Scanning Service for Blind Scholars Launched at UC Berkeley Library ⋆

Scanning Service for Blind Scholars Launched at UC Berkeley Library

A new scanning service is now in place at the UC Berkeley Library.  The service started in October and aims to turn printed materials into digital versions, making them more accessible to everyone, particularly disabled students.

UC Berkeley Library

In October, students registered on the University’s DSP (Disabled Students’ Program) could ask to have any printed work transformed into a digital format.  Now this service has been extended and is available to any faculty member, instructors or visitors who have print-related disabilities.

The move aims to take away a lot of the frustration experienced by blind scholars, researchers, and professors by opening up access to all of the university’s materials.  It means that they can now use the library on the same terms and sighted students.

In practice, this allows students who would previously either been denied access to literature or had to scan the materials themselves can now go through the catalog, pick the books they want and have them scanned.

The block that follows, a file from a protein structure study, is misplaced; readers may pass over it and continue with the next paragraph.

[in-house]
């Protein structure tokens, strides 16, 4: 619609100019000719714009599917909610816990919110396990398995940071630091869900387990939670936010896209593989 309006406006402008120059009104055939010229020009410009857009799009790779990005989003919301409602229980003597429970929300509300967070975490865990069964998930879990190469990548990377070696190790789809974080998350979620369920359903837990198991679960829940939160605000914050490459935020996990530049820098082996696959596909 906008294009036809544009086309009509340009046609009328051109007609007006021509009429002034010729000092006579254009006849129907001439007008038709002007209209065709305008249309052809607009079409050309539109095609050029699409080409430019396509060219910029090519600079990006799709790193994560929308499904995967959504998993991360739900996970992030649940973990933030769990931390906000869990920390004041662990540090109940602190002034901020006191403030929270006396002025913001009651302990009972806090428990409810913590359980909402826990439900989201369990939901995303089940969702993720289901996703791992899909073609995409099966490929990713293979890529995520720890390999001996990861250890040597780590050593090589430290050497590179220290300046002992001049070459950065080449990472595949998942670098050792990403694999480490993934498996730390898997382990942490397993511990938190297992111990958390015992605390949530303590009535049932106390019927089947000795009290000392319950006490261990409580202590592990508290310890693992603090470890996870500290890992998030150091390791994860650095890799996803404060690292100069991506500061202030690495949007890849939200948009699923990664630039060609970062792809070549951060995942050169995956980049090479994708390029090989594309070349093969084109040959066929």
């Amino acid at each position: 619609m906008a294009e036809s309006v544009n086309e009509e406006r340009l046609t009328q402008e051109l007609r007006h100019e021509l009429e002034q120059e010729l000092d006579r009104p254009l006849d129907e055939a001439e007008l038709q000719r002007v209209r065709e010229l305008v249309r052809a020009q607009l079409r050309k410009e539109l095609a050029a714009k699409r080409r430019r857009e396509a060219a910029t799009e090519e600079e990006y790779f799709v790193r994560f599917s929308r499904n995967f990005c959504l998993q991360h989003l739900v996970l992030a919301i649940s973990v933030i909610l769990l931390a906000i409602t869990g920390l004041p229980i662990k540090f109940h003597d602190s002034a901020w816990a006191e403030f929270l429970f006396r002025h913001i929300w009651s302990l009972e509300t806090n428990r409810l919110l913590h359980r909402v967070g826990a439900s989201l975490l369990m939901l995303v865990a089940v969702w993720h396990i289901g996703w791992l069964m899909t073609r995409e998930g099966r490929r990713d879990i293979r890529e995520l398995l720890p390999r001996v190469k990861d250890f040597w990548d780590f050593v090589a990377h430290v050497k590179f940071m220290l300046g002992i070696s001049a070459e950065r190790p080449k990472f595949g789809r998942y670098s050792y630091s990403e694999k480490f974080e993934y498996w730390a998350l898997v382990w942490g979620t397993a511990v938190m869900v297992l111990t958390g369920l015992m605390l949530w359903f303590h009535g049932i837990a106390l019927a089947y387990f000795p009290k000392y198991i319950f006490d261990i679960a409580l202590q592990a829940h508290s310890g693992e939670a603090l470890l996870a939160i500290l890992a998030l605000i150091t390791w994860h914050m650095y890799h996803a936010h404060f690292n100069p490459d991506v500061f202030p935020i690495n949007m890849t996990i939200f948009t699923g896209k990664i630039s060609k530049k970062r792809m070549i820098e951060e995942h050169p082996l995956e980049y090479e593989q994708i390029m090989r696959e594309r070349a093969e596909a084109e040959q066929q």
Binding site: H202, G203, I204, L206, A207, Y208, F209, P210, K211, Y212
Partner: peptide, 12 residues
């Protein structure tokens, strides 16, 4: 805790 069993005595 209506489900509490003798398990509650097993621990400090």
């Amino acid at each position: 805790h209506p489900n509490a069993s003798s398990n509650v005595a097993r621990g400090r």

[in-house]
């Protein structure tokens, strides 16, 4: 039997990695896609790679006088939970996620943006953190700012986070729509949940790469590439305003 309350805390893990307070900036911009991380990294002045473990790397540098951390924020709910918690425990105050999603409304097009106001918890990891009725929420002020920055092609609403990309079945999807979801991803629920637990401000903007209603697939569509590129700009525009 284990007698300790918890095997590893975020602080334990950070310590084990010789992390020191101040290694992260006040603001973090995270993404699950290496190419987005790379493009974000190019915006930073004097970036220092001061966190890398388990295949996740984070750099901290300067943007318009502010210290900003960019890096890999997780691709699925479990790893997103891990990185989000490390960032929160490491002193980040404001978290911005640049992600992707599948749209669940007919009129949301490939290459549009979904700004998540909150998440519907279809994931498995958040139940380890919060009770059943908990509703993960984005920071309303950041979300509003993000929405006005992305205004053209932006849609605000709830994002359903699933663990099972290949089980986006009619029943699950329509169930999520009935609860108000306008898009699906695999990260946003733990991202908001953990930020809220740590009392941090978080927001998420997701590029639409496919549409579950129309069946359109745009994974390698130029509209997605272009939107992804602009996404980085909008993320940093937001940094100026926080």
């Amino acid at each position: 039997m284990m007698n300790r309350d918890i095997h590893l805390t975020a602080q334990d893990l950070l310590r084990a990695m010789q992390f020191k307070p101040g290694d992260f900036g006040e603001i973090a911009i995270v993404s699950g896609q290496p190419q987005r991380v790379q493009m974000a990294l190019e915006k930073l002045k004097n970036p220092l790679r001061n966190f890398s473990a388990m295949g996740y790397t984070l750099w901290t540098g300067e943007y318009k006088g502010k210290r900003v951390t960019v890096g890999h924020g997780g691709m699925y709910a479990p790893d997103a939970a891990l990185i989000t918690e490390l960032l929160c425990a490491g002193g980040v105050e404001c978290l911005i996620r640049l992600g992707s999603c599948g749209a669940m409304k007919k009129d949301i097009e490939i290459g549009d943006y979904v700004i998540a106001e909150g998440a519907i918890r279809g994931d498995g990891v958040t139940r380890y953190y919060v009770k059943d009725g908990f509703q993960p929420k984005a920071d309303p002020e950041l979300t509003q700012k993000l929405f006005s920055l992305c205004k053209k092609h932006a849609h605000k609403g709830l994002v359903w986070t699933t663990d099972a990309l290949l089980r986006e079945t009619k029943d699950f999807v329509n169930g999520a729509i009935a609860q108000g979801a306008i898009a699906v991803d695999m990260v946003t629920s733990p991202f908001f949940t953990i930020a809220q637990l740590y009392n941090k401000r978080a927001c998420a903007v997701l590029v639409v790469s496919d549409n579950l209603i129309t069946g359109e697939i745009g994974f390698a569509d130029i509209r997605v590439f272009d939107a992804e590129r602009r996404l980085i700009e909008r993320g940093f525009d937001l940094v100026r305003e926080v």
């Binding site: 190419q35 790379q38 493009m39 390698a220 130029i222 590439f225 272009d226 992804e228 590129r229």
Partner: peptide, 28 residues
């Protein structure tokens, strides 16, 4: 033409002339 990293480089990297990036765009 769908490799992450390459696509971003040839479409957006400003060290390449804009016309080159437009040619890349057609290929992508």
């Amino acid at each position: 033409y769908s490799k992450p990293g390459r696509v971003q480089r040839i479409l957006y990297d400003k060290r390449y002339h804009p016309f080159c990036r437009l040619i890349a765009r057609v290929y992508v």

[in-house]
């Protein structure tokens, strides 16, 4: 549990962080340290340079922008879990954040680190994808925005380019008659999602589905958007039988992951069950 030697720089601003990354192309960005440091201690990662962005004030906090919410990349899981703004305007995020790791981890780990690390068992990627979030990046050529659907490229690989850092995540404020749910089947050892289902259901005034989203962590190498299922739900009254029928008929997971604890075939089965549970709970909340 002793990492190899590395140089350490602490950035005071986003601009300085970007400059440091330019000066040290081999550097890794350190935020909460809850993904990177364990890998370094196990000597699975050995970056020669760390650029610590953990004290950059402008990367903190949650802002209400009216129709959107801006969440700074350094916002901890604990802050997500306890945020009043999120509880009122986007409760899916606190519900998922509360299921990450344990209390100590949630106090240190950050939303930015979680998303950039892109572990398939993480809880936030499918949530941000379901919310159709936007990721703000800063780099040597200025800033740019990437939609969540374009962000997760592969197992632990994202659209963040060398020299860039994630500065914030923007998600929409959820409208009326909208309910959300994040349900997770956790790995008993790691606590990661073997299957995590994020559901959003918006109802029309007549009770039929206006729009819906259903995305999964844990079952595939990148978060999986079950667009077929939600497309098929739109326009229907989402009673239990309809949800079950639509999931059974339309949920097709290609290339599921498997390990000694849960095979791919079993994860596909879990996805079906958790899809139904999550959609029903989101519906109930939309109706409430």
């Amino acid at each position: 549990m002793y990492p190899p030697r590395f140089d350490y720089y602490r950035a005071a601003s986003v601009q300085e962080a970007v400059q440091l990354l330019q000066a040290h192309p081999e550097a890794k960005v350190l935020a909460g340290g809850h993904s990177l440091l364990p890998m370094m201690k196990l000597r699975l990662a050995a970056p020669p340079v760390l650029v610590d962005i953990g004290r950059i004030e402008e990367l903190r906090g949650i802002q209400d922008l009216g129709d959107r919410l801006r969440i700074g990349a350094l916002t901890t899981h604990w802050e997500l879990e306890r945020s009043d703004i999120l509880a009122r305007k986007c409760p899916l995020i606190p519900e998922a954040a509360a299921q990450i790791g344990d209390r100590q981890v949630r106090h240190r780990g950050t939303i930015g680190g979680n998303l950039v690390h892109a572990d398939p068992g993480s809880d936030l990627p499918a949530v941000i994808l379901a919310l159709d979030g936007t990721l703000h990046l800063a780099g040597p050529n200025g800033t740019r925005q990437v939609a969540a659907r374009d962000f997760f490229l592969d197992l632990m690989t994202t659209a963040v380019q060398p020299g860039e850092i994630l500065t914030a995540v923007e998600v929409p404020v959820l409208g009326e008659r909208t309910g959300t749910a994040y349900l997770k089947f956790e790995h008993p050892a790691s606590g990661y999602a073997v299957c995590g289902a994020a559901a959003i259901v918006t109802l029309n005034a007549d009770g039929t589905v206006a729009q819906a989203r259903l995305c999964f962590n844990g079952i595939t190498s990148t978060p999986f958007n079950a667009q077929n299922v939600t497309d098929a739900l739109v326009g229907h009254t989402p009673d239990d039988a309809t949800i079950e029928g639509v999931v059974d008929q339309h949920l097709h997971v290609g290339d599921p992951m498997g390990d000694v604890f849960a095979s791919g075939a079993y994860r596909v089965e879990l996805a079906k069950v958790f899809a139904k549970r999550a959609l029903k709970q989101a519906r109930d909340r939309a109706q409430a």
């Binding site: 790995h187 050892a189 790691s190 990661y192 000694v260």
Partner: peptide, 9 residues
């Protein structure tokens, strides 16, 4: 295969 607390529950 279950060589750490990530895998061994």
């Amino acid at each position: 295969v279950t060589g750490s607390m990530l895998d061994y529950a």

Extending the Service

Although some students have had access to the system since 2012, it is only recently that the service has been extended to faculty members and others.  While the DSP handles all the issues of eligibility and confidentiality for Disabled Students, there was no such provision in place to allow for the extension of the service.

UC Berkeley Library

In 2017, however, Elizabeth Dupuis, who is the senior associate university librarian for educational initiatives, built a team to overcome that issue.  The barriers to the service have now been removed for all users, creating a much more inclusive and accessible service for all.

The main benefit of this level of accessibility will ultimately be the wider community as increasing numbers of researchers, academics and others get access to more knowledge.  The public can now also access the literature to the benefit of society as a whole.

It is easy to enroll in the service simply by completing a request form.  Once the user is approved they can go through the online catalog (OskiCat) or they can attend the library in person.  The service is available for all print materials except those that are too large to scan, but also items that have been borrowed via Inter-library Services.

Scanned materials are emailed in the form of searchable Word documents and PDFs and then run through SensusAccess, which is the free software that Berkeley uses to produce MP3, e-book or Braille versions of the materials.